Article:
South Aus­tralia’s 1

2 RUS­SELL EBERT

The Advertiser - - WEEKEND EXTRA - CHRIS McDERMOTT FOR­MER ADE­LAIDE CROWS CAP­TAIN SATUR­DAY NOVEM­BER 10 2018 AD­VER­TISER.COM.AU

JUST who is South Aus­tralia’s best-ever sports­man or woman? Af­ter jockey Ker­rin McEvoy’s win on Cross Counter to notch his third suc­cess in the Mel­bourne Cup, his name must surely be part of the dis­cus­sion.

Add to those vic­to­ries his re­cent back-to-back tri­umphs in the world’s rich­est race on turf, The Everest, and if McEvoy’s not in the top 10 his bank bal­ance most cer­tainly is. Of course, his ca­reer is far from over and it will be lit­tle sur­prise if pushes him­self higher among this group when his rid­ing days are done.

This is a con­ver­sa­tion with­out a de­fin­i­tive an­swer.

Beauty, as they say, is in the eye of the be­holder and the big­gest im­pres­sions are of­ten made when we are young. It was that way for me.

Cricket great Ian Chap­pell will al­ways be my No.1. No other sportsper­son made a big­ger im­pact on me as a young­ster.

This top 10 is about those who played, not coached, oth­er­wise cy­cling men­tor Char­lie Walsh would be there. And nei­ther are train­ers el­i­gi­ble, oth­er­wise Cups King Bart Cum­mings and the great Colin Hayes would be there.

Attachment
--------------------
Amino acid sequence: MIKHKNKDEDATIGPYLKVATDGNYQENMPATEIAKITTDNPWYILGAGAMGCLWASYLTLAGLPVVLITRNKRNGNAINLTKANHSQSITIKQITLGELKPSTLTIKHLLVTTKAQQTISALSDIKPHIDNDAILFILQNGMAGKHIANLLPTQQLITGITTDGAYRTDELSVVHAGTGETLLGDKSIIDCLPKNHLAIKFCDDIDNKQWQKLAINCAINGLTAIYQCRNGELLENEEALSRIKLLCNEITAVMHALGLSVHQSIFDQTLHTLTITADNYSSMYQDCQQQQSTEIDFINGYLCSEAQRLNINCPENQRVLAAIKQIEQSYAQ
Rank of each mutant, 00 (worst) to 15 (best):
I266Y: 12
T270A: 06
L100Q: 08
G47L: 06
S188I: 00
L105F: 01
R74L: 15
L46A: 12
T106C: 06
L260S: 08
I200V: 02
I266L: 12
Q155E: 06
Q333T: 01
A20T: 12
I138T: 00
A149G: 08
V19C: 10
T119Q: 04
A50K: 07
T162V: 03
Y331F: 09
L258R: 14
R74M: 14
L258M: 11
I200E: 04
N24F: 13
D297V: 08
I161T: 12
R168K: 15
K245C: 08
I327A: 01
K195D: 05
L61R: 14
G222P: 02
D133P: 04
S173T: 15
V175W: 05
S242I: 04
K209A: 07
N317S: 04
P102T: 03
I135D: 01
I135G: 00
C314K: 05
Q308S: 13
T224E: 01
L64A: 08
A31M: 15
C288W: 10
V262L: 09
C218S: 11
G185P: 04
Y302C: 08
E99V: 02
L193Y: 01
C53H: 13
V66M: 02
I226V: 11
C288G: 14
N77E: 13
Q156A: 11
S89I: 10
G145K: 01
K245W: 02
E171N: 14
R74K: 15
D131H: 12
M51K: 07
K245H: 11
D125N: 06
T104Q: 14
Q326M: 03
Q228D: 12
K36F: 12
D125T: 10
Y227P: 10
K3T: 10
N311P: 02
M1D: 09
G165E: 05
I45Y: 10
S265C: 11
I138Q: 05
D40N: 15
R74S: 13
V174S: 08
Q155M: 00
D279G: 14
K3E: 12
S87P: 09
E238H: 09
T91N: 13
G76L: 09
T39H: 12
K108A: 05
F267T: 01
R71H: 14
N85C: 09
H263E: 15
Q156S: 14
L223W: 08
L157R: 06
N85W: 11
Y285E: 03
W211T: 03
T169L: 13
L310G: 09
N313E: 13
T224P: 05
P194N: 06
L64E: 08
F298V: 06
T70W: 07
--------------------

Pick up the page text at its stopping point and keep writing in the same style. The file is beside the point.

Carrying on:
If com­men­ta­tors could make the list, Bruce McA­vaney would be top of the pops. He is spe­cial!

Sir Don­ald Brad­man is not el­i­gi­ble, ei­ther, de­spite play­ing 14 first-class sea­sons South Aus­tralia. The boy from Bowral was born and bred in New South Wales. We’d love to claim him, but we can’t.

So here’s my top 10 ... RUS­SELL Ebert was po­etry in mo­tion on a foot­ball field.

When he had the ball in his hands, the game moved slowly and he did as he pleased. He rev­o­lu­tionised SANFL foot­ball. He did what few oth­ers could.

A record four Ma­garey Medals later, from 1971 to 1980 when the SANFL was in one of its strong­est eras, it would be fair to say he did what no oth­ers could.

When Ebert donned the state jumper, we all cel­e­brated hav­ing him on our team. He re­sisted the temp­ta­tion to play in the VFL un­til late in his ca­reer.

Even then, he re­mained in Ade­laide and com­muted to Mel­bourne where he played 25 games for North Mel­bourne in the 1979 sea­son. He had the most pos­ses­sions of any Kan­ga­roos player and polled nine Brown­low Medal votes be­fore re­turn­ing home. The drop kick died once Rus­sell stop thump­ing it 60m.

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